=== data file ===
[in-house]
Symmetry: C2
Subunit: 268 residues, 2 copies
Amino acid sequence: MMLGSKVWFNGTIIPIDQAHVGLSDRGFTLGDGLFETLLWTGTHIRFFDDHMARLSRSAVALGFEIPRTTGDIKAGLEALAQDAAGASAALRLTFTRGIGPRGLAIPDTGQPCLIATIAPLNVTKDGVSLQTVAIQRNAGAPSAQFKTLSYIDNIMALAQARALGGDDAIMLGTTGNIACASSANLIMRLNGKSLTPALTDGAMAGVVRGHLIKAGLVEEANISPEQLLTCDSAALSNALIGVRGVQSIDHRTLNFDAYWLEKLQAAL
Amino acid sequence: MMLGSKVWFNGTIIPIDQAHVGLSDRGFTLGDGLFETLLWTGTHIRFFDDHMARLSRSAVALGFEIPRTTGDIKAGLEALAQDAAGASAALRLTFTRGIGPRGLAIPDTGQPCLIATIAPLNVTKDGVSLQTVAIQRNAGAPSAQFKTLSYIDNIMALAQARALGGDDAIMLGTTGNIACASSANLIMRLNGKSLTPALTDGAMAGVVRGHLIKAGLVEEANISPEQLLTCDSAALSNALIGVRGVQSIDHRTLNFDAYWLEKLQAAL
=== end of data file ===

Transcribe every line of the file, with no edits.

[in-house]
Symmetry: C2
Subunit: 268 residues, 2 copies
Amino acid sequence: MMLGSKVWFNGTIIPIDQAHVGLSDRGFTLGDGLFETLLWTGTHIRFFDDHMARLSRSAVALGFEIPRTTGDIKAGLEALAQDAAGASAALRLTFTRGIGPRGLAIPDTGQPCLIATIAPLNVTKDGVSLQTVAIQRNAGAPSAQFKTLSYIDNIMALAQARALGGDDAIMLGTTGNIACASSANLIMRLNGKSLTPALTDGAMAGVVRGHLIKAGLVEEANISPEQLLTCDSAALSNALIGVRGVQSIDHRTLNFDAYWLEKLQAAL
Amino acid sequence: MMLGSKVWFNGTIIPIDQAHVGLSDRGFTLGDGLFETLLWTGTHIRFFDDHMARLSRSAVALGFEIPRTTGDIKAGLEALAQDAAGASAALRLTFTRGIGPRGLAIPDTGQPCLIATIAPLNVTKDGVSLQTVAIQRNAGAPSAQFKTLSYIDNIMALAQARALGGDDAIMLGTTGNIACASSANLIMRLNGKSLTPALTDGAMAGVVRGHLIKAGLVEEANISPEQLLTCDSAALSNALIGVRGVQSIDHRTLNFDAYWLEKLQAAL